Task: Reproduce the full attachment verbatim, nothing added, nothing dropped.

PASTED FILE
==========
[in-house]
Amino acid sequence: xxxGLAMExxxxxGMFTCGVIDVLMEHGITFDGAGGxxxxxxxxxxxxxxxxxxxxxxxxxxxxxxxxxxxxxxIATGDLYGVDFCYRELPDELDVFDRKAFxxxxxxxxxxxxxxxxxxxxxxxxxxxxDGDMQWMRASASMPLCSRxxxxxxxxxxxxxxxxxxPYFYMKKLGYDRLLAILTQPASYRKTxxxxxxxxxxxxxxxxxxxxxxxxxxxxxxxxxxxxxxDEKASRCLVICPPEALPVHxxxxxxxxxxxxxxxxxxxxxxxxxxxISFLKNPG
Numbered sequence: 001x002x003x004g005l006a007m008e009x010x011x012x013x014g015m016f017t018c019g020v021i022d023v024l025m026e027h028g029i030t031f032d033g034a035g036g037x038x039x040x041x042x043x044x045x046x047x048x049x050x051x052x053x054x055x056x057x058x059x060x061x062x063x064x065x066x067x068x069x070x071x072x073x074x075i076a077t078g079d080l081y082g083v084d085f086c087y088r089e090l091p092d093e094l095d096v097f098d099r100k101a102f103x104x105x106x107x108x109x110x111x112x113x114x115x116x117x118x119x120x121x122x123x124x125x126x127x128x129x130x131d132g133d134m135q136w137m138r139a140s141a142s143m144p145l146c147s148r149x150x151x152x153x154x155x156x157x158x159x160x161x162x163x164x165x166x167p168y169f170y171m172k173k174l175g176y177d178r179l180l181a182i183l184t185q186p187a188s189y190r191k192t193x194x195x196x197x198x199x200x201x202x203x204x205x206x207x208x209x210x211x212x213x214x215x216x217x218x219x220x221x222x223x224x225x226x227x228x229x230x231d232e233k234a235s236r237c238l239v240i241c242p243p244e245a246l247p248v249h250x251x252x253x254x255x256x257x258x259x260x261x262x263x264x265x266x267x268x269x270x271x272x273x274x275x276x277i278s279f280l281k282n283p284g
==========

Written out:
[in-house]
Amino acid sequence: xxxGLAMExxxxxGMFTCGVIDVLMEHGITFDGAGGxxxxxxxxxxxxxxxxxxxxxxxxxxxxxxxxxxxxxxIATGDLYGVDFCYRELPDELDVFDRKAFxxxxxxxxxxxxxxxxxxxxxxxxxxxxDGDMQWMRASASMPLCSRxxxxxxxxxxxxxxxxxxPYFYMKKLGYDRLLAILTQPASYRKTxxxxxxxxxxxxxxxxxxxxxxxxxxxxxxxxxxxxxxDEKASRCLVICPPEALPVHxxxxxxxxxxxxxxxxxxxxxxxxxxxISFLKNPG
Numbered sequence: 001x002x003x004g005l006a007m008e009x010x011x012x013x014g015m016f017t018c019g020v021i022d023v024l025m026e027h028g029i030t031f032d033g034a035g036g037x038x039x040x041x042x043x044x045x046x047x048x049x050x051x052x053x054x055x056x057x058x059x060x061x062x063x064x065x066x067x068x069x070x071x072x073x074x075i076a077t078g079d080l081y082g083v084d085f086c087y088r089e090l091p092d093e094l095d096v097f098d099r100k101a102f103x104x105x106x107x108x109x110x111x112x113x114x115x116x117x118x119x120x121x122x123x124x125x126x127x128x129x130x131d132g133d134m135q136w137m138r139a140s141a142s143m144p145l146c147s148r149x150x151x152x153x154x155x156x157x158x159x160x161x162x163x164x165x166x167p168y169f170y171m172k173k174l175g176y177d178r179l180l181a182i183l184t185q186p187a188s189y190r191k192t193x194x195x196x197x198x199x200x201x202x203x204x205x206x207x208x209x210x211x212x213x214x215x216x217x218x219x220x221x222x223x224x225x226x227x228x229x230x231d232e233k234a235s236r237c238l239v240i241c242p243p244e245a246l247p248v249h250x251x252x253x254x255x256x257x258x259x260x261x262x263x264x265x266x267x268x269x270x271x272x273x274x275x276x277i278s279f280l281k282n283p284g